Back in 2010, Peter Gabriel released “Scratch My Back,” a collection of hauntingly orchestrated covers by artists like Bon Iver, Arcade Fire and Lou Reed. The idea behind “Scratch My Back” was that these artists would return Gabriel’s favor and redo his songs for a follow-up album to be titled “And I’ll Scratch Yours.”
It took several years, but “And I’ll Scratch Yours” is finally ready and set for release on January 7. And while cover/tribute albums have been relegated to, as NPR’s Stephen Thompson put it, “minor footnotes in a musician’s catalog, ranked somewhere just above live albums, holiday recordings and those greatest-hits packages that tack on one or two new songs,” this record is worth a spin.
I’ve always been of the opinion that a cover should be a re-imagining of the source material, bearing little resemblance to the original. If a cover band can’t be more interesting than the jukebox, why bother?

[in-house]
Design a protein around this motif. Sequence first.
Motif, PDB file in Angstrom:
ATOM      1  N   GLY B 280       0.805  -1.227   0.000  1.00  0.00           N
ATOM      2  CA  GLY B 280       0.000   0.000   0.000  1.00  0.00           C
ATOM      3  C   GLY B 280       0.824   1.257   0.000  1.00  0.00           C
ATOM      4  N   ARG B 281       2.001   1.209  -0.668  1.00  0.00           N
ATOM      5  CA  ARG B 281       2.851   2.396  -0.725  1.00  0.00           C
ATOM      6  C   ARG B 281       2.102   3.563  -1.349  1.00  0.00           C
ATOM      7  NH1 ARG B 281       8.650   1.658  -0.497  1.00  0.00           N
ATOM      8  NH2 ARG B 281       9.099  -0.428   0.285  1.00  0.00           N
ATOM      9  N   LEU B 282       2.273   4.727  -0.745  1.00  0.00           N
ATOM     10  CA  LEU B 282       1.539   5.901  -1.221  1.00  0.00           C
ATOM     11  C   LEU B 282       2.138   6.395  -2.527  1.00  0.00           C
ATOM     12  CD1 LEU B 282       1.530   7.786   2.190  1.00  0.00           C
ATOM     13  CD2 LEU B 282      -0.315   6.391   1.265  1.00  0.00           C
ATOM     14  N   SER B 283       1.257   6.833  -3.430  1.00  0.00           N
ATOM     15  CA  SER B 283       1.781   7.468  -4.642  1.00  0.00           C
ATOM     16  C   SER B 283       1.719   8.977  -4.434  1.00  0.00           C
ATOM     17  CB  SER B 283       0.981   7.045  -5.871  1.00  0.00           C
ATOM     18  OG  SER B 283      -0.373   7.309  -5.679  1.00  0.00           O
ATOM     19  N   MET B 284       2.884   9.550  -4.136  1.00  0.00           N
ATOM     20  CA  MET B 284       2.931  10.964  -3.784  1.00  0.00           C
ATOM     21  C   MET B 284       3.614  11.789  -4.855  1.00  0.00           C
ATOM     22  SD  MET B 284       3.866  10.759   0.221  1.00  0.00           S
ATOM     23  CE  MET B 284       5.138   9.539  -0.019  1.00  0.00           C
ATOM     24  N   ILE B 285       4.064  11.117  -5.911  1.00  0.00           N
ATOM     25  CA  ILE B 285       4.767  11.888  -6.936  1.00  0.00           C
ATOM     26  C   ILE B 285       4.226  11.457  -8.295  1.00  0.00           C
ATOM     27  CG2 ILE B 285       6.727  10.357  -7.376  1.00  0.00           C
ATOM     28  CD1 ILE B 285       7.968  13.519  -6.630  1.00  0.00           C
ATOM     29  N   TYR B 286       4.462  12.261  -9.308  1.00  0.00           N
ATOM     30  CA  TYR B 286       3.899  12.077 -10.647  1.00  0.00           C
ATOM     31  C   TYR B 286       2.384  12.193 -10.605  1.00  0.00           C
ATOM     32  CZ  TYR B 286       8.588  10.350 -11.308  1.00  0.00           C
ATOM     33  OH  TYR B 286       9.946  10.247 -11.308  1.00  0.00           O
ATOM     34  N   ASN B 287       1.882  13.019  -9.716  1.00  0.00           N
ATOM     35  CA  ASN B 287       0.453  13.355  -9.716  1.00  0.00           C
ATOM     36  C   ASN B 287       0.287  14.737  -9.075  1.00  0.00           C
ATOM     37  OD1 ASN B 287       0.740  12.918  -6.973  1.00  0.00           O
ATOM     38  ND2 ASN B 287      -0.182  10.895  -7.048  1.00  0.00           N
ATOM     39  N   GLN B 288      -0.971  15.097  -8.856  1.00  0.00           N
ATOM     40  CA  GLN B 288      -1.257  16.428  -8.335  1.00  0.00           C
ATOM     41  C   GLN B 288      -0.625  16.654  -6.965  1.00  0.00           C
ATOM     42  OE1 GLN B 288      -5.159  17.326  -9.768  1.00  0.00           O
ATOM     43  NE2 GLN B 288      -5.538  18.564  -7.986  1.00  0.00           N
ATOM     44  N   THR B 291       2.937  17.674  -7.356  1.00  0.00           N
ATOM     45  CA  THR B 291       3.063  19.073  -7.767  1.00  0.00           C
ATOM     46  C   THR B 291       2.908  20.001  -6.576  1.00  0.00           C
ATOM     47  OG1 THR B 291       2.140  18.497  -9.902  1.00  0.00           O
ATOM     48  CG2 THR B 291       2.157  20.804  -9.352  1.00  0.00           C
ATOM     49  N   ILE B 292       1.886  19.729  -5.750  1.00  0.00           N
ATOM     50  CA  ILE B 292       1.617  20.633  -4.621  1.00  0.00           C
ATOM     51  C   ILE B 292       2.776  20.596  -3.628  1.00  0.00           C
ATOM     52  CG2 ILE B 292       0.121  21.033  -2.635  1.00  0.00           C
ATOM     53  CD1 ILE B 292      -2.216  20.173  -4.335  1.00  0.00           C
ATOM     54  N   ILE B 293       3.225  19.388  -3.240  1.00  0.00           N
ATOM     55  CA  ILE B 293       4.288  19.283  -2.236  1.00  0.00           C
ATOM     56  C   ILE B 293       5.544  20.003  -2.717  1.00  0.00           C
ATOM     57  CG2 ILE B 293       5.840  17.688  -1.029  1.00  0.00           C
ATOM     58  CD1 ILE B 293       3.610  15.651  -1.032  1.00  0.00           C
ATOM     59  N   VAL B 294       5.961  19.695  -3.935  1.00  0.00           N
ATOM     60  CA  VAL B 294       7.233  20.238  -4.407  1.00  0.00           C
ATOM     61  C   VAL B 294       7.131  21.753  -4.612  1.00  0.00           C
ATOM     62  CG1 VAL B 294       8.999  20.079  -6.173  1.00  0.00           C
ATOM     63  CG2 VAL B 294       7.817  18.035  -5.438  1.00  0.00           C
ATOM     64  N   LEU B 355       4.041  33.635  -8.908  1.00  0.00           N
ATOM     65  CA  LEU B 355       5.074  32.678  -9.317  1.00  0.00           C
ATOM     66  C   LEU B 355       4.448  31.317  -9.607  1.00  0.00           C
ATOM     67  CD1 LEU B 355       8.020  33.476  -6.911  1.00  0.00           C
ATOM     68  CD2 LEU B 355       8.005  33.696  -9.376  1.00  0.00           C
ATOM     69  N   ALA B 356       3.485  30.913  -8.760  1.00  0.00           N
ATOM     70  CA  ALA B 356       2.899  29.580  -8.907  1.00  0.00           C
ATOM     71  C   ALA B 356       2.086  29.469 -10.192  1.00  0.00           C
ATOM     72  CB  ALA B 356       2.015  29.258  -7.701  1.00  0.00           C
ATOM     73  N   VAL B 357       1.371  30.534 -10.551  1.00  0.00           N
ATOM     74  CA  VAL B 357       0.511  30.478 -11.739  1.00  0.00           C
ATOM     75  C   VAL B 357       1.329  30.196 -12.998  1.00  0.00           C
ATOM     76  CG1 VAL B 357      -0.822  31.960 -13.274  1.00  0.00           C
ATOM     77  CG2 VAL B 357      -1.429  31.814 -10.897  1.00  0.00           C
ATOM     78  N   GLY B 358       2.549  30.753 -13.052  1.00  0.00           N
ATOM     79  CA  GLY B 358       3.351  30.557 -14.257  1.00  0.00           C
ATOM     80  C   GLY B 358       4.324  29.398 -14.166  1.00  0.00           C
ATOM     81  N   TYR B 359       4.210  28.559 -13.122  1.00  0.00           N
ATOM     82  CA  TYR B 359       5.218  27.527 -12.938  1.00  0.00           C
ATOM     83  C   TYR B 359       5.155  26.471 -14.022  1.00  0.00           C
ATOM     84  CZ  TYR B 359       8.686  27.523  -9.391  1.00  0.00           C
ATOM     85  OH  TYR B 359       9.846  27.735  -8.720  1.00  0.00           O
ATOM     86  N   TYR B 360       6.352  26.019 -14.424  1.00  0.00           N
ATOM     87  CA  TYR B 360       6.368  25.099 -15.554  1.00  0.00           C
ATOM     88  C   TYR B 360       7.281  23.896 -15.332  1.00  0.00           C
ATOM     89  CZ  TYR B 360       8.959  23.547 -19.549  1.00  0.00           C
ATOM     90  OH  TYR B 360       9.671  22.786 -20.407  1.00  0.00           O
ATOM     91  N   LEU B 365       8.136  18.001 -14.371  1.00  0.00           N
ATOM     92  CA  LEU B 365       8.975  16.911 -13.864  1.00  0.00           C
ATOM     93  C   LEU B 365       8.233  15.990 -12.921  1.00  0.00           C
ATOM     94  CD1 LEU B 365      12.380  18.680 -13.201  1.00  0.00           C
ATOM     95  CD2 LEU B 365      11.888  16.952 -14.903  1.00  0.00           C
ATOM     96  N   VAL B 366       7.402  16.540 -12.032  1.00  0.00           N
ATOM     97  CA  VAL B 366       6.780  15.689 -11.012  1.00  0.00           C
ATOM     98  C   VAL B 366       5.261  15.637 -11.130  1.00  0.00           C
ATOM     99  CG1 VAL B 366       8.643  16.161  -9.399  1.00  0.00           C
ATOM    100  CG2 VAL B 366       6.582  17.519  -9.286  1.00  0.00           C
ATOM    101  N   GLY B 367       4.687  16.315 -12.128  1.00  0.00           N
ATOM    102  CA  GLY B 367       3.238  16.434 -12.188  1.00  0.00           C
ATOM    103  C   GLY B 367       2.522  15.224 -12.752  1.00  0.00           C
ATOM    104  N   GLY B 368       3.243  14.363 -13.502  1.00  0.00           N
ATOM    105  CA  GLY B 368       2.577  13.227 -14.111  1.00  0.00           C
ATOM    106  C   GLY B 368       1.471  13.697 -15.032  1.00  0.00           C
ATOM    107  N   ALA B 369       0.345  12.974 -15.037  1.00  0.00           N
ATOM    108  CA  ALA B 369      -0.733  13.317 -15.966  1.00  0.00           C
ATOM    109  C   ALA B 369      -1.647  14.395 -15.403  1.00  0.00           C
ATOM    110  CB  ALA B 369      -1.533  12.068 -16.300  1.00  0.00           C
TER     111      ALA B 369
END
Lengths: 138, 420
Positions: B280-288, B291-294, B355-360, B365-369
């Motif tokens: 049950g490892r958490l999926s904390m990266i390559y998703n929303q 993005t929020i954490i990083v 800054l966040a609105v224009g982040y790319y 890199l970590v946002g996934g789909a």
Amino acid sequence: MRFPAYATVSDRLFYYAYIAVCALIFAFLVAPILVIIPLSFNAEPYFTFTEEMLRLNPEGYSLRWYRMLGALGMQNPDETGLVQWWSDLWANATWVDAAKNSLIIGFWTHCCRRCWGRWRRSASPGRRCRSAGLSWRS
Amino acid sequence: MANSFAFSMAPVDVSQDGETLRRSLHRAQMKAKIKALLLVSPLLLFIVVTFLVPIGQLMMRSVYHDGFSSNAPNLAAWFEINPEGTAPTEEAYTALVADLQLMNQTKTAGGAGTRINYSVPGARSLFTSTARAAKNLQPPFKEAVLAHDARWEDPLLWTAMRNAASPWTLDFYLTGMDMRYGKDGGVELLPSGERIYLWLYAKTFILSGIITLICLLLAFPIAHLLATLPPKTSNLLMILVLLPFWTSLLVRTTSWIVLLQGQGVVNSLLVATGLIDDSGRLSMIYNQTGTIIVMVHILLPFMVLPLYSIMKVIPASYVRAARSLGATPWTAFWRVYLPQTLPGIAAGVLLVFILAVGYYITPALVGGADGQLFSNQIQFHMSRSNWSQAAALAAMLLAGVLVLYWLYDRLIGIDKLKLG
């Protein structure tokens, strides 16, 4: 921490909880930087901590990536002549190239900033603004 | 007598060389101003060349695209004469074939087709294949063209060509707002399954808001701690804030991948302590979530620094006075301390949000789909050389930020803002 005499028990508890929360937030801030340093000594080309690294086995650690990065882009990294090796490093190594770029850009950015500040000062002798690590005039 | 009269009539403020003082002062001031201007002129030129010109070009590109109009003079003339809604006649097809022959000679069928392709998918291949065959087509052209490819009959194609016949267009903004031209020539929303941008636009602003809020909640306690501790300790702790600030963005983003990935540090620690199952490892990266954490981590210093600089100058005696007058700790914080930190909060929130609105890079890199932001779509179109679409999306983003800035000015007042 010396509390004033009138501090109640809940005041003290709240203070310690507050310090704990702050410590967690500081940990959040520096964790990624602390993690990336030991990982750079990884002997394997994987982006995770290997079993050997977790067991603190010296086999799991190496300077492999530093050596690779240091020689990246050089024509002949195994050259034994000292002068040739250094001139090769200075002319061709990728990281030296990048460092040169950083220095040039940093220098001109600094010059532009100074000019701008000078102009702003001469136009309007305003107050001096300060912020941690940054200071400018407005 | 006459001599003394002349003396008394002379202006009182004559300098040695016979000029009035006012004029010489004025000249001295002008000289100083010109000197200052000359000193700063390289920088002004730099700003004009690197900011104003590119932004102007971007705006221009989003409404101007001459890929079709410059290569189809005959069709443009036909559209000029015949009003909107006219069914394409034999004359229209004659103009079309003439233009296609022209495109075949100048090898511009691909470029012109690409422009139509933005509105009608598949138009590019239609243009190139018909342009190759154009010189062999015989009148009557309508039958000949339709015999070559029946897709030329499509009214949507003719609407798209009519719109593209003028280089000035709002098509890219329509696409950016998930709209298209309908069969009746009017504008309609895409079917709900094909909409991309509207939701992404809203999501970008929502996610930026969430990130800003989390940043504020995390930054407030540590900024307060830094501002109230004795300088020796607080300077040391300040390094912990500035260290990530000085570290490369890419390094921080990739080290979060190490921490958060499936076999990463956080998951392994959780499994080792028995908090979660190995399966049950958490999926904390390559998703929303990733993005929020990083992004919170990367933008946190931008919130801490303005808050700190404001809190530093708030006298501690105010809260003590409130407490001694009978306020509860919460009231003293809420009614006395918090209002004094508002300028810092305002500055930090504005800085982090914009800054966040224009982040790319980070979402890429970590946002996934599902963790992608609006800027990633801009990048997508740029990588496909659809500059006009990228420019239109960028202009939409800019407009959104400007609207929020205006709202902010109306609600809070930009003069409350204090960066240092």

Think about what Jimi Hendrix did with Bob Dylan’s “All Along the Watchtower.” It is a staple of Hendrix’s catalogue. Why? Because he took a great song and made it his own.
That’s what the artists who contributed to “And I’ll Scratch Yours” have done with Gabriel’s songs. For example, “Come Talk To Me” was originally a grandiose arrangement with African-inspired drums.
On Bon Iver’s version there’s no percussion save for the plink of a banjo until the last minute of the song. Justin Vernon’s vocals sit low in the mix, and there’s a bit more negative space, but the crescendo is magnificent.
“Shock the Monkey,” a fairly straight-forward pop song about love and jealousy, was one of Gabriel’s biggest hits. Joseph Arthur strips the tune down, opting for an atmospheric Moog guitar and his solitary, yearning vocals. It’s stark, but an impressive cover in all regards.
The late Lou Reed’s nasty version of “Solsbury Hill” is a far cry from Gabriel’s cut. Brian Eno’s interpretation of “Mother of Violence” is almost bizarre in comparison to the original.
All the artists on “And I’ll Scratch Yours” honor Gabriel’s seminal works. More importantly, in my opinion, they each put their own unique spin on these songs, breathing new life into these classics.